You can’t hear them tell you what it’s like to be approached by the Divine. You can’t hear them tell you how they wrestled with angels, how, in their relations with the Divine, they took on divinity themselves. You can’t hear them tell you about the confusion and pain and power of being caught between the worlds of mortal power and those of supernatural unearthliness. You can’t hear them tell you about the fear and anxiety of knowing that they would have unusual children and perhaps the hope that the children would be, well, usual. You can’t hear them tell you about the harsh things their families and communities said to them and the harsh things they said to themselves…and the stories they ended up telling themselves to rationalize. You can’t hear them continue to live and find meaning in things, despite having been treated like shit and exploited. You can’t hear them wonder how in the world to raise their extraordinary children. You cannot hear their courage and perserverance, for it is not a warlike courage of Heraculean deeds, but an interior courage manifested in their continual striving to balance wonder and terror.


Divine Screw… in Clive Barker’s Imajica.. and in Enki Bilal’s Immortel (Ad Vitam)..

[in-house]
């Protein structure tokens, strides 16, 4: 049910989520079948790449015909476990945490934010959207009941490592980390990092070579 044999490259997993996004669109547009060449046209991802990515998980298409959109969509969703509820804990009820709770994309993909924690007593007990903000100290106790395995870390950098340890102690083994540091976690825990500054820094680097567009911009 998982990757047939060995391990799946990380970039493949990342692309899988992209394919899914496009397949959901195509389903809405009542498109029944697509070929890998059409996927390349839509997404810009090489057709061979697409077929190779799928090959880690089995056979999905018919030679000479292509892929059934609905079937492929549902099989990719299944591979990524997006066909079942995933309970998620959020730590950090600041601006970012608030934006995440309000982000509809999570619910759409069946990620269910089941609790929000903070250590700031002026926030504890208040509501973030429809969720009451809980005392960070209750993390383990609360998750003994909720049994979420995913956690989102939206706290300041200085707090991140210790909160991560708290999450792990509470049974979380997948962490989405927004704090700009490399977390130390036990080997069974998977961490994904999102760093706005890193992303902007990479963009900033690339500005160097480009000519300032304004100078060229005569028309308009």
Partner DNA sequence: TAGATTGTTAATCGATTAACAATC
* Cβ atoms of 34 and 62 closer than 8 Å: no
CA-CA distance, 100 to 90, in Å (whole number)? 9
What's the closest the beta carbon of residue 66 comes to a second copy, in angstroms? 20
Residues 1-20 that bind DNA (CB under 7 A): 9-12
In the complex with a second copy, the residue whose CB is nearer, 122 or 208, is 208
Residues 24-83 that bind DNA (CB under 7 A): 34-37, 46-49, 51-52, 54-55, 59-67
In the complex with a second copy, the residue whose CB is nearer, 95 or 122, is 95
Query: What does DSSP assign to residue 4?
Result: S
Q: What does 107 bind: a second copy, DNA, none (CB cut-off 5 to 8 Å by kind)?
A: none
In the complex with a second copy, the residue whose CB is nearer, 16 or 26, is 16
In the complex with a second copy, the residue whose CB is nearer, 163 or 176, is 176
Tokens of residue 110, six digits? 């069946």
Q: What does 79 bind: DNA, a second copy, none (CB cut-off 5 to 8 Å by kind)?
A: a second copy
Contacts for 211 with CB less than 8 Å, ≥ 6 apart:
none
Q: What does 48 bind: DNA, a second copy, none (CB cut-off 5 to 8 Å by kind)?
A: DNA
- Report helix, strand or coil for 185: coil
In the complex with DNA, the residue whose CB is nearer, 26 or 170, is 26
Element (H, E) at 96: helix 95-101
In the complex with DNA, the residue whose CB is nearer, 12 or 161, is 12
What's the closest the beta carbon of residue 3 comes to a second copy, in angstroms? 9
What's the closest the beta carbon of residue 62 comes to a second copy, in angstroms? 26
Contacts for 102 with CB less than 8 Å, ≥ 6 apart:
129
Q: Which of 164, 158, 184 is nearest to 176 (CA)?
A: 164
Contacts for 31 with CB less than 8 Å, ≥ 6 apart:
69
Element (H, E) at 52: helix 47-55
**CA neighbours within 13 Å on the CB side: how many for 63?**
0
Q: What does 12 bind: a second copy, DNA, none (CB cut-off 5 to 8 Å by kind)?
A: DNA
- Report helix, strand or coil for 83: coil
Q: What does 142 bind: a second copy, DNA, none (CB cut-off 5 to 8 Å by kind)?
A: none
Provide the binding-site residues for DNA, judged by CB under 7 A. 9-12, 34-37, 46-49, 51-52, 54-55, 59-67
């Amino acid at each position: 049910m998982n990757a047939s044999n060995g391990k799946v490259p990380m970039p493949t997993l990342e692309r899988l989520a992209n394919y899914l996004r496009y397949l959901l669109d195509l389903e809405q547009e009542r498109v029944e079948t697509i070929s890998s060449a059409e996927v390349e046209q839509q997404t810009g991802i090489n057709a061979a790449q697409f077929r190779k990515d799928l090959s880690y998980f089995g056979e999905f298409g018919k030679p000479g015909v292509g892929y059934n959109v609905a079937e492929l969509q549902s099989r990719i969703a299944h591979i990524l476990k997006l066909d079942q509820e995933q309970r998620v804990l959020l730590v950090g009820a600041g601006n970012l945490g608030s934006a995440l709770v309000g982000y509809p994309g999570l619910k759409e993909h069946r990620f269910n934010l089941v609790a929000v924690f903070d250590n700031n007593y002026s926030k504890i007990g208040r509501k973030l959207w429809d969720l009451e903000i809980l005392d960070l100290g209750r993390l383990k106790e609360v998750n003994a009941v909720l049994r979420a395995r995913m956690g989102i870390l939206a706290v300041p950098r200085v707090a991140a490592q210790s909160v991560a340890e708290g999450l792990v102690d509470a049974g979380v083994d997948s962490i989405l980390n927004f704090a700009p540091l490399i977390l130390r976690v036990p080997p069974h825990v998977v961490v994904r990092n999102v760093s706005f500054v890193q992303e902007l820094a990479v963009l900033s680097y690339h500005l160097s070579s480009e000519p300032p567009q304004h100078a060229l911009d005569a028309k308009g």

But yeah.. why is it always a male child?

Well, in the calculus of the Divine Screw, women are literally non-entities, mere vessels for the Seed of the Penis of Wrath. Therefore it is literally inconceivable, within the dictates of the Divine Screw, that the child of the Divine and the mortal woman be female. The only exception to this that I can think of is Soveh in Tanith Lee’s Tales of the Flat Earth.

Divine screw

In fact you only have to look as far as the example cited above to find a divine screw that produces female children. Yeats’ poem describes Leda’s rape by Zeus which results in four births, Clytemnestra, Castor, Pollux, and Helen . . . of Troy. This divine screw of course provides the impetus for the first and arguably most important storyline of Western literature. As Yeats makes clear, it is the two female offspring who drive it, causing “the burning roof and tower, and Agamemnon dead.” Frankly, I don’t see how all you people could miss that.